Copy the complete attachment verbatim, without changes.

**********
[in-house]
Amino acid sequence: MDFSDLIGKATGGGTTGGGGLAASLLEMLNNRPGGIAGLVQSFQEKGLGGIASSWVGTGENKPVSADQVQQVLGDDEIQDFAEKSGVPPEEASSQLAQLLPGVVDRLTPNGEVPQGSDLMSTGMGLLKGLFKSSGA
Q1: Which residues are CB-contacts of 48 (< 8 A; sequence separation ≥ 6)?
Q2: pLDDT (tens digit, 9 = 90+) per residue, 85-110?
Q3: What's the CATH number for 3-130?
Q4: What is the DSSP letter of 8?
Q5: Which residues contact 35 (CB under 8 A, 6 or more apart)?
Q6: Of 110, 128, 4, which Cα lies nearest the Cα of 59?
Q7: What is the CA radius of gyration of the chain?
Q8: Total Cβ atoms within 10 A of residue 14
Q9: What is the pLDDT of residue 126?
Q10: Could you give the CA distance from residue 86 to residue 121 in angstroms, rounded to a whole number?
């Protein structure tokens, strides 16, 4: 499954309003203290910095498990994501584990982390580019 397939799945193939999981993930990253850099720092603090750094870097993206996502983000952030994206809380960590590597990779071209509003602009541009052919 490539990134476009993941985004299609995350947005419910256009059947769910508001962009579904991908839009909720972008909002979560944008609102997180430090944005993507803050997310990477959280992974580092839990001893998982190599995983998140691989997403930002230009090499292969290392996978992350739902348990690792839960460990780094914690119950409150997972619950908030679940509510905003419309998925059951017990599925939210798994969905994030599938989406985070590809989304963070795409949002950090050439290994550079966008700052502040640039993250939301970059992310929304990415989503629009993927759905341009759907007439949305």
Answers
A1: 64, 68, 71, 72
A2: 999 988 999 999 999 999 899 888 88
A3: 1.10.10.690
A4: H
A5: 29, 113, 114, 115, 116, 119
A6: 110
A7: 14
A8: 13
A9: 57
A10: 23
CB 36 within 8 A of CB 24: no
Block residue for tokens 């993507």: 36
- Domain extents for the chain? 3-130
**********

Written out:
[in-house]
Amino acid sequence: MDFSDLIGKATGGGTTGGGGLAASLLEMLNNRPGGIAGLVQSFQEKGLGGIASSWVGTGENKPVSADQVQQVLGDDEIQDFAEKSGVPPEEASSQLAQLLPGVVDRLTPNGEVPQGSDLMSTGMGLLKGLFKSSGA
Q1: Which residues are CB-contacts of 48 (< 8 A; sequence separation ≥ 6)?
Q2: pLDDT (tens digit, 9 = 90+) per residue, 85-110?
Q3: What's the CATH number for 3-130?
Q4: What is the DSSP letter of 8?
Q5: Which residues contact 35 (CB under 8 A, 6 or more apart)?
Q6: Of 110, 128, 4, which Cα lies nearest the Cα of 59?
Q7: What is the CA radius of gyration of the chain?
Q8: Total Cβ atoms within 10 A of residue 14
Q9: What is the pLDDT of residue 126?
Q10: Could you give the CA distance from residue 86 to residue 121 in angstroms, rounded to a whole number?
């Protein structure tokens, strides 16, 4: 499954309003203290910095498990994501584990982390580019 397939799945193939999981993930990253850099720092603090750094870097993206996502983000952030994206809380960590590597990779071209509003602009541009052919 490539990134476009993941985004299609995350947005419910256009059947769910508001962009579904991908839009909720972008909002979560944008609102997180430090944005993507803050997310990477959280992974580092839990001893998982190599995983998140691989997403930002230009090499292969290392996978992350739902348990690792839960460990780094914690119950409150997972619950908030679940509510905003419309998925059951017990599925939210798994969905994030599938989406985070590809989304963070795409949002950090050439290994550079966008700052502040640039993250939301970059992310929304990415989503629009993927759905341009759907007439949305």
Answers
A1: 64, 68, 71, 72
A2: 999 988 999 999 999 999 899 888 88
A3: 1.10.10.690
A4: H
A5: 29, 113, 114, 115, 116, 119
A6: 110
A7: 14
A8: 13
A9: 57
A10: 23
CB 36 within 8 A of CB 24: no
Block residue for tokens 């993507």: 36
- Domain extents for the chain? 3-130